Sunday, January 21, 2007
Another 'Palestinian' MYTH, 'right of return'
...Thus, the accusations that the creation of the State of Israel led to the eradication and dispossession of a Palestinian ‘nation,’ and that Israel continues to obstruct and deny the Palestinian’s right of self-determination, are spurious at best, since, as Robert Spencer, scholar of Islamic history, notes, before the 1967 war when Israel took control of Gaza and the West Bank, no one — including the Palestinians themselves — thought of themselves as a nation, that this “supposed national identity was invented in the 1960s in what turned about to be an extraordinarily successful ploy to adjust the paradigm of the Arab-Israeli conflict with the newly-minted Palestinians as the underdogs.”
Nor was the land that the Palestinian Arabs fled from in what would become Israel ever land to which Palestinian refugees could ever make a legally sound claim. “None of the West Bank and Gaza Strip has ever been ‘Palestinian Land,’” said columnist and historian David Meir-Levi. “Before Israel’s, the last legal sovereignty over these territories was that of the Ottoman Empire. The British Mandate was a temporary care-taker control established by the League of Nations. And from 1948 to 1967, the West Bank was illegally occupied and annexed by Jordan, and the Gaza Strip by Egypt — both in stark defiance of international law, the Fourth Geneva Convention, and UN resolutions 181 and 194.”
There is some irony in the fact that the Palestinians have repeatedly violated both the spirit and intent of 194, that particular UN resolution containing a reference to the concept of ‘return’ to one’s country, although two key points are characteristically ignored by those pointing to this source as justification for their legal claim. First, Resolution 194 was the product of the UN General Assembly and "is an expression of sentiment and carries no binding force whatsoever," meaning that it is meant to make recommendations but not binding law. What it did suggest, however, was that “the refugees wishing to return to their homes and live at peace with their neighbors should be permitted to do so at the earliest practicable date, and that compensation should be paid for the property of those choosing not to return and for loss of or damage to property which . . . should be made good by the Governments or authorities responsible.”
According to the evaluation of law professor Ruth Lapidoth of The Hebrew University of Jerusalem, this language precludes an interpretation of the UN resolution that supports a Palestinian claim for an unqualified right of return as opposed to a suggested one. “Though the Arab states originally rejected the resolution,” she wrote (specifically because it would mean giving implicit recognition of the existence of Israel), “they later relied on it heavily and have considered it as recognition of a wholesale right of repatriation.”
But according to Professor Lapidoth, “this interpretation . . . does not seem warranted: the paragraph does not recognize any ‘right,’ but recommends that the refugees ‘should’ be ‘permitted’ to return. Moreover, that permission is subject to two conditions — that the refugee wishes to return, and that he wishes to live at peace with his neighbors,” something the Arab world, even now, has clearly never seen fit to do. And there is another significant aspect of the “refugee” problem from the 1940s that everyone demanding rights of return and reparations for Palestinian refugees conveniently forgets: some 800,000-900,000 Jews, some of whom had lived in Arab lands for 1,000 years and were fully integrated into those societies, were expelled and all their wealth (estimated to be about ten times that of the Palestinians) confiscated as the nascent Israel was being established. No one now cries over their lost possessions, homes, property, and citizenships.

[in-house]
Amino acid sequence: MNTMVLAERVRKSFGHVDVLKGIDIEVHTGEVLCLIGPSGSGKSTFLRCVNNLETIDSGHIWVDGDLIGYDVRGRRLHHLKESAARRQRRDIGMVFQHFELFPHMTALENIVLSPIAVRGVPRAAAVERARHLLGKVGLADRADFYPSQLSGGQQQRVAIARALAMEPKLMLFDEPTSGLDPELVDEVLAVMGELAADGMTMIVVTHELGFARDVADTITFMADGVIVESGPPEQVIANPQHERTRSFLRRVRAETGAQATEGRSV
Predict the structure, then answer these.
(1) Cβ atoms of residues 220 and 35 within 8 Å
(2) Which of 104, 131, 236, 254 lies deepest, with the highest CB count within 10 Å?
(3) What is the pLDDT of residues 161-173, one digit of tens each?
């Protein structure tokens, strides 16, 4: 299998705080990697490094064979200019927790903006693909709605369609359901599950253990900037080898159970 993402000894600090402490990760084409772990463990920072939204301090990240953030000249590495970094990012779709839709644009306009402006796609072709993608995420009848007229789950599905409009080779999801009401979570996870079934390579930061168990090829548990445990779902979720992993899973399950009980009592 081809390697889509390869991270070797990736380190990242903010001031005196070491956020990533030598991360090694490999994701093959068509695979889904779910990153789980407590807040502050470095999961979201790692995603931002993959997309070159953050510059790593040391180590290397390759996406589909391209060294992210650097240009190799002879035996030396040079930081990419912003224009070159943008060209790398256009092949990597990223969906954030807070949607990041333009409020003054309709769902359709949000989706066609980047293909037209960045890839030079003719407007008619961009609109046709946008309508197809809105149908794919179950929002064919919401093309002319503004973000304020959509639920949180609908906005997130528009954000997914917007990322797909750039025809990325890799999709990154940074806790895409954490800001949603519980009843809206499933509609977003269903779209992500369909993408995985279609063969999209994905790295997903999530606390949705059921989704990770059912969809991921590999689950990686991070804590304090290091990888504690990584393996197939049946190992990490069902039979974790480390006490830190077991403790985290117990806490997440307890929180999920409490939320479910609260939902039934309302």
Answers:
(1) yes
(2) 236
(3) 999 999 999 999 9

So for observers like professor Karsh, the recommendations of Resolution 194 "could as readily apply to the hundreds of thousands of Jews who were then being driven from Arab states in revenge for the situation in Palestine," and in fact were meant to, since the refugees mentioned in the resolution are purposely not defined as being either Arab or Jew. In fact, many diplomats and officials had anticipated an exchange of refugees, as has happened successfully in other similar social upheavals, where Palestinian refugees would have been absorbed in Arab states and Jewish refugees would have settled in Israel — exactly what happened to some 600,000 Jewish refugees.
Legal scholars also point out that international law grants the right to leave or return to one’s country only to individuals, not as a collective right as the Palestinians claim. More importantly, no population of refugees has ever presumed that the right of return — if such a right even exists — could be claimed, not only by the original refugees, but also by all of their descendants.